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Old 12-24-2016, 03:44 AM
 
34,443 posts, read 41,547,959 times
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The separatists plan for Canadas 150th=
Quebec separatists promise ‘alternate’ history during Canada’s 150th birthday | Montreal Gazette
The accompanying comments are also an interesting read.
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Old 12-24-2016, 09:26 AM
 
Location: Montreal > Quebec > Canada
481 posts, read 428,424 times
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Quote:
Originally Posted by mooguy View Post
Like I said there will always be a more acute attachment of Quebecers to their own province as opposed to Canada as a whole equalled only by Newfoundland.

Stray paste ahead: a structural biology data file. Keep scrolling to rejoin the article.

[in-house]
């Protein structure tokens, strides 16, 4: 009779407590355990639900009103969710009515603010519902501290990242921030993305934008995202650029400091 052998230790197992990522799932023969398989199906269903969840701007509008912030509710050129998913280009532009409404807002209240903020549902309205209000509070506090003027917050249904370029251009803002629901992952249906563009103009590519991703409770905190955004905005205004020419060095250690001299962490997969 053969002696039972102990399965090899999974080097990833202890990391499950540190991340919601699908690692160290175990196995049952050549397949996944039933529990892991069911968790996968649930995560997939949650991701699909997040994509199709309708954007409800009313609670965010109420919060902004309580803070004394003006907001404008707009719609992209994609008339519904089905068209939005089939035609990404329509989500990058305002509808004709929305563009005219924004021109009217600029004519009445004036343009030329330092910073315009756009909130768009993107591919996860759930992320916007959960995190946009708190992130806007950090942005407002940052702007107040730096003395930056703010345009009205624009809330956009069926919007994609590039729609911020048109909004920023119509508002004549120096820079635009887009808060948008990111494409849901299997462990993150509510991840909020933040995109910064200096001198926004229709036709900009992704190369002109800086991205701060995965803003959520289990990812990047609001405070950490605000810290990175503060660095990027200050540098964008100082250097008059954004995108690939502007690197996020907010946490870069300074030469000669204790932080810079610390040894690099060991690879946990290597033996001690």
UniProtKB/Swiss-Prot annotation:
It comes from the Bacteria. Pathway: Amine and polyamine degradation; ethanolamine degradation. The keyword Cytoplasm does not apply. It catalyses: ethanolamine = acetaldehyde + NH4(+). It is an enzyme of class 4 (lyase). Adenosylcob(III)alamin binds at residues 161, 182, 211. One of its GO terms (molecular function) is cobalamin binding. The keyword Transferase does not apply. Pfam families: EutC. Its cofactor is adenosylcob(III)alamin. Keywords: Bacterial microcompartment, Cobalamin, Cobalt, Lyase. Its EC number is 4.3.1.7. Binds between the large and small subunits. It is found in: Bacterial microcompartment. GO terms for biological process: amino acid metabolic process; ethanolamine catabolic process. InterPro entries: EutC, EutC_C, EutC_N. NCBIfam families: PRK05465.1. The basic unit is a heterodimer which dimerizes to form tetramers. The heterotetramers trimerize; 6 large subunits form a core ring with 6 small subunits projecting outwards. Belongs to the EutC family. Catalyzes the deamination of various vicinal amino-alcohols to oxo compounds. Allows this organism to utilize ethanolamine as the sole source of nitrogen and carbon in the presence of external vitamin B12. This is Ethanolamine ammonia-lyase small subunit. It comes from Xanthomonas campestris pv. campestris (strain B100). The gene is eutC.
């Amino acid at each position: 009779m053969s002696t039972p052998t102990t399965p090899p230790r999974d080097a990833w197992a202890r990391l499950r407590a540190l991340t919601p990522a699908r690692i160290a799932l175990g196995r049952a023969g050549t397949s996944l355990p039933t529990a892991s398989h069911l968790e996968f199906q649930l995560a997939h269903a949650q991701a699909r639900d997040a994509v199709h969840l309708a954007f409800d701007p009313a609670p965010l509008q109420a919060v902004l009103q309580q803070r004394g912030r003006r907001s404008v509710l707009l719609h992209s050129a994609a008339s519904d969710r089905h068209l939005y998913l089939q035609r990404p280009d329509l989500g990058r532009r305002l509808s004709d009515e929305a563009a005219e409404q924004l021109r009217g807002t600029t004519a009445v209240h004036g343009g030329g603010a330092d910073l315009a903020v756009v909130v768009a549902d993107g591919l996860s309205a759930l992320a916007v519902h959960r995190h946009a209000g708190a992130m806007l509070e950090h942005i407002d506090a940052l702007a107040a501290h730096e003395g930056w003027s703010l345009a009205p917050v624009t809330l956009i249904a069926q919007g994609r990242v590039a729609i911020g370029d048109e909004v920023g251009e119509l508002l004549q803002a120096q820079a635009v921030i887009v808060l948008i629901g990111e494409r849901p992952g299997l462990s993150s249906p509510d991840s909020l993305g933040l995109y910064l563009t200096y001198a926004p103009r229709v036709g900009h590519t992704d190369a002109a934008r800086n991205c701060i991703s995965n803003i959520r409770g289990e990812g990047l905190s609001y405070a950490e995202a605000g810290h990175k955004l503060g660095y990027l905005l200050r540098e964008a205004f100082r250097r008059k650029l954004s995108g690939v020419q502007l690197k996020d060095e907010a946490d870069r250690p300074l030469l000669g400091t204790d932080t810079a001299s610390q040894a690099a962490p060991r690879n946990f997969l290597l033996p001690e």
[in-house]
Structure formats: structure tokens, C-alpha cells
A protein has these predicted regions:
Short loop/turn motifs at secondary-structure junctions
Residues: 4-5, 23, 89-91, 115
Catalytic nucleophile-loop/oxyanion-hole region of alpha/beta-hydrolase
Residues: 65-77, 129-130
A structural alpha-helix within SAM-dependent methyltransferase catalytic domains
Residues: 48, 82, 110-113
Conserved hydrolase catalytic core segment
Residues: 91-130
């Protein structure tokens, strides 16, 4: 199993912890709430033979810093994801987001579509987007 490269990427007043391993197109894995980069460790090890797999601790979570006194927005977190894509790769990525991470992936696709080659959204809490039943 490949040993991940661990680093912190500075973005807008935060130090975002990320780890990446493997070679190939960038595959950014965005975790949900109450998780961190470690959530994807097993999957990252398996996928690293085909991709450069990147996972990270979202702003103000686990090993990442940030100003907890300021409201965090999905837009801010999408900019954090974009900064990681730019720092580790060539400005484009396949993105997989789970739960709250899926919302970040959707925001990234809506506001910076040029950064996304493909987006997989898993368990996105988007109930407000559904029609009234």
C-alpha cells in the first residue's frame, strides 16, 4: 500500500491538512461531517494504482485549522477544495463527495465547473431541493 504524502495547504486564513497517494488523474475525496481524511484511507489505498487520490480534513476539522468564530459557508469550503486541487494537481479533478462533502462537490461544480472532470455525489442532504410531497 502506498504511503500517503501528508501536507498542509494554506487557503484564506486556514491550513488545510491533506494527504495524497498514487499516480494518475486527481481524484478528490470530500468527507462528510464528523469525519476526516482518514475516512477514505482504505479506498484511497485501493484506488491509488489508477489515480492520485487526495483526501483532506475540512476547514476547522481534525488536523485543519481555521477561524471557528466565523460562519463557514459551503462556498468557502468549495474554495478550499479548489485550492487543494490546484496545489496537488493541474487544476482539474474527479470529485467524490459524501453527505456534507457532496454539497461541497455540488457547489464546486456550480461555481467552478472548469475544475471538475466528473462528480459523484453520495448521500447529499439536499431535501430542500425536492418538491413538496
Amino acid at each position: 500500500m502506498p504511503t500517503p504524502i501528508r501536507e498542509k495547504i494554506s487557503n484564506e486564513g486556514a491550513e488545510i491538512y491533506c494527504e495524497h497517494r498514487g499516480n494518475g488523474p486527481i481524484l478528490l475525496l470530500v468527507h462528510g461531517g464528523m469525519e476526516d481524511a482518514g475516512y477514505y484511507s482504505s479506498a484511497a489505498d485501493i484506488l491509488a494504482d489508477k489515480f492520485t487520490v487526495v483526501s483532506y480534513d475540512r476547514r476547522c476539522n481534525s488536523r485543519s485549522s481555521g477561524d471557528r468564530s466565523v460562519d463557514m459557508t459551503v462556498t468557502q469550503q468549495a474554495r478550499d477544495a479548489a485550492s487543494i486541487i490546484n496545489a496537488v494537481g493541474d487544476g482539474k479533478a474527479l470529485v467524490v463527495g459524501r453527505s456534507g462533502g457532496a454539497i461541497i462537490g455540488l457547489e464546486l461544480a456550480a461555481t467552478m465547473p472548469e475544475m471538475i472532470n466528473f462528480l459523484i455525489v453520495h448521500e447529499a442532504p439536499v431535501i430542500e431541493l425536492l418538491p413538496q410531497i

Having a deep attachment and wanting to leave are two different things. Quebecers managed to rip apart their economy and society twice already and people in Quebec are sick of it. I'm sure many {particularly older Quebecers from the 1960/70/80s movements} would love to see an independent Quebec but it's not going to happen for 2 reasons:

A} Quebecers are sick of the debate
B} Quebecers now realize that the rest of Canada wouldn't allow it or would simply ignore the vote and carry on as usual. Canadians today would never again accept something like "sovereignty association" which effective meant a divorce with bedroom privileges although admittedly no one really knew what it meant including the PQ.
They're not really "sick of the debate". They just care less than they used to.


Quote: